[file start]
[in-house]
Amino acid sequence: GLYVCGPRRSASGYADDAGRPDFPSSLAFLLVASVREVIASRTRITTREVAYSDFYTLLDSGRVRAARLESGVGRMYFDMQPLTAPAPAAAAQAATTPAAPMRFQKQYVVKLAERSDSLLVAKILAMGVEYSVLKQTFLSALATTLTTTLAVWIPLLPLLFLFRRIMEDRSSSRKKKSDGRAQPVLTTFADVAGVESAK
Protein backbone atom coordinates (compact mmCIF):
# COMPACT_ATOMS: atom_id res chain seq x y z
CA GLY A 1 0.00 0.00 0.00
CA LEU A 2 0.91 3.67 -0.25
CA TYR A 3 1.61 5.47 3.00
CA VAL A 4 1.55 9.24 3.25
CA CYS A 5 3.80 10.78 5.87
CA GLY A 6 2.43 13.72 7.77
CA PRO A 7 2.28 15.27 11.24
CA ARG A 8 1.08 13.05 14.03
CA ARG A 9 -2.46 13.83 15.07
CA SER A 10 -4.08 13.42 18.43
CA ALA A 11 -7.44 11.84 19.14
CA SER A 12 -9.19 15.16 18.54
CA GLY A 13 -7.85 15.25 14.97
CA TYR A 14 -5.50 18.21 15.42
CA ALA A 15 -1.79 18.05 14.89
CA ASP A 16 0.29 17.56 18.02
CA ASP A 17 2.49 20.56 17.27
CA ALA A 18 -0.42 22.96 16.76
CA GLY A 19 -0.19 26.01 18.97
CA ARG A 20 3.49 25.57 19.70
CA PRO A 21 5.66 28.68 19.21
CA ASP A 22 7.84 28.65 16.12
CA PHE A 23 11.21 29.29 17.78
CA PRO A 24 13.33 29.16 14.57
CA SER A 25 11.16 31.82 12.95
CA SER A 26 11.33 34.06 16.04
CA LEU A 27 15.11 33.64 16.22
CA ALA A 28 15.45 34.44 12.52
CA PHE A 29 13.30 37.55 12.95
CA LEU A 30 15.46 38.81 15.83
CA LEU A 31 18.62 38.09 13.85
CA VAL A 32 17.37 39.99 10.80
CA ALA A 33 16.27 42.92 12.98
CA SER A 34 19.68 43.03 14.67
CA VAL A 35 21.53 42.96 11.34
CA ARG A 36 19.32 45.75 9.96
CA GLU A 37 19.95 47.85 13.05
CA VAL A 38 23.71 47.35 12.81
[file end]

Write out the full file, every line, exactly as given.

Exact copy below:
[in-house]
Amino acid sequence: GLYVCGPRRSASGYADDAGRPDFPSSLAFLLVASVREVIASRTRITTREVAYSDFYTLLDSGRVRAARLESGVGRMYFDMQPLTAPAPAAAAQAATTPAAPMRFQKQYVVKLAERSDSLLVAKILAMGVEYSVLKQTFLSALATTLTTTLAVWIPLLPLLFLFRRIMEDRSSSRKKKSDGRAQPVLTTFADVAGVESAK
Protein backbone atom coordinates (compact mmCIF):
# COMPACT_ATOMS: atom_id res chain seq x y z
CA GLY A 1 0.00 0.00 0.00
CA LEU A 2 0.91 3.67 -0.25
CA TYR A 3 1.61 5.47 3.00
CA VAL A 4 1.55 9.24 3.25
CA CYS A 5 3.80 10.78 5.87
CA GLY A 6 2.43 13.72 7.77
CA PRO A 7 2.28 15.27 11.24
CA ARG A 8 1.08 13.05 14.03
CA ARG A 9 -2.46 13.83 15.07
CA SER A 10 -4.08 13.42 18.43
CA ALA A 11 -7.44 11.84 19.14
CA SER A 12 -9.19 15.16 18.54
CA GLY A 13 -7.85 15.25 14.97
CA TYR A 14 -5.50 18.21 15.42
CA ALA A 15 -1.79 18.05 14.89
CA ASP A 16 0.29 17.56 18.02
CA ASP A 17 2.49 20.56 17.27
CA ALA A 18 -0.42 22.96 16.76
CA GLY A 19 -0.19 26.01 18.97
CA ARG A 20 3.49 25.57 19.70
CA PRO A 21 5.66 28.68 19.21
CA ASP A 22 7.84 28.65 16.12
CA PHE A 23 11.21 29.29 17.78
CA PRO A 24 13.33 29.16 14.57
CA SER A 25 11.16 31.82 12.95
CA SER A 26 11.33 34.06 16.04
CA LEU A 27 15.11 33.64 16.22
CA ALA A 28 15.45 34.44 12.52
CA PHE A 29 13.30 37.55 12.95
CA LEU A 30 15.46 38.81 15.83
CA LEU A 31 18.62 38.09 13.85
CA VAL A 32 17.37 39.99 10.80
CA ALA A 33 16.27 42.92 12.98
CA SER A 34 19.68 43.03 14.67
CA VAL A 35 21.53 42.96 11.34
CA ARG A 36 19.32 45.75 9.96
CA GLU A 37 19.95 47.85 13.05
CA VAL A 38 23.71 47.35 12.81